Ireland’s general election last Friday demonstrated, among other things, that Irish voters have been frustrated by the partial takeover of the country’s economic sovereignty by the European Union and the International Monetary Fund, and by calls to unwind some of the positive economic reforms of the past. Rejecting a major change of course, the Irish people, anxious to get their Celtic tiger back on its feet, gave a surprising (to outsiders) election victory to the party (Fine Gael) that campaigned on a platform of low taxes, pro-business regulations, and a renegotiation of the existing bailout deal with the EU and the IMF.

In fact, the Irish economy remains well-equipped for recovery with sound economic institutions and a high level of economic flexibility and openness. Unlike other euro-zone economies such as Greece and Portugal, where economic freedoms are feeble, the Irish economy, as the Economist magazine recently pointed out, is regaining competitiveness by reducing unit labor costs, and exports are booming. The workforce is well-educated and entrepreneurial, and according to a recent study by a special division of the Financial Times, in 2010 Ireland was the second most favored foreign direct investment destination globally, with the number of projects coming to the country increasing by an astounding 15 percent.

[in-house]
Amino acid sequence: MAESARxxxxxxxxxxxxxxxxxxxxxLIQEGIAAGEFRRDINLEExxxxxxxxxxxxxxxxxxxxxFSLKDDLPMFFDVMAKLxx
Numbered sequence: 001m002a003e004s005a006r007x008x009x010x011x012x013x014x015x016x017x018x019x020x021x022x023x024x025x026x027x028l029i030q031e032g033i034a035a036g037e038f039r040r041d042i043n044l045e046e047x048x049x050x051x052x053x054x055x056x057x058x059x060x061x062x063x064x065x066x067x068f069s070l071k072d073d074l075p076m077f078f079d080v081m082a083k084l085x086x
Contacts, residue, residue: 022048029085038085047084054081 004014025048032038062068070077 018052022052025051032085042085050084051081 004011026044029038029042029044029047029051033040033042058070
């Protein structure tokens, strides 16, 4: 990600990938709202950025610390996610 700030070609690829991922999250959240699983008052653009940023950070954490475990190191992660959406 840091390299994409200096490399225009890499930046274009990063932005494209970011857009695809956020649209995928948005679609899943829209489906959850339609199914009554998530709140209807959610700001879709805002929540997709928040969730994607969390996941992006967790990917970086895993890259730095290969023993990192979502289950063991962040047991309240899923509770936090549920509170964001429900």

Those who wrote off Ireland’s chances for a rapid recovery from its current difficulties are repeating an error that occurs every time there is a hiccup in a market economy. For example, the Asian tigers, newly industrialized economies such as South Korea and Taiwan, faced a financial crisis in 1997. At the time, the popular interpretation was that that economic crisis debunked the “Asian Miracle.” Capitalism and globalization were repudiated and blamed for the bursting of currency and property bubbles and the subsequent difficulties of Asian emerging economies. Yet the years following have proven that interpretation wrong. The Asian tigers have bounced back strongly.

By the same token, Ireland appears ready to regain its lost economic momentum. Don’t be surprised when the Celtic tiger makes a roaring return.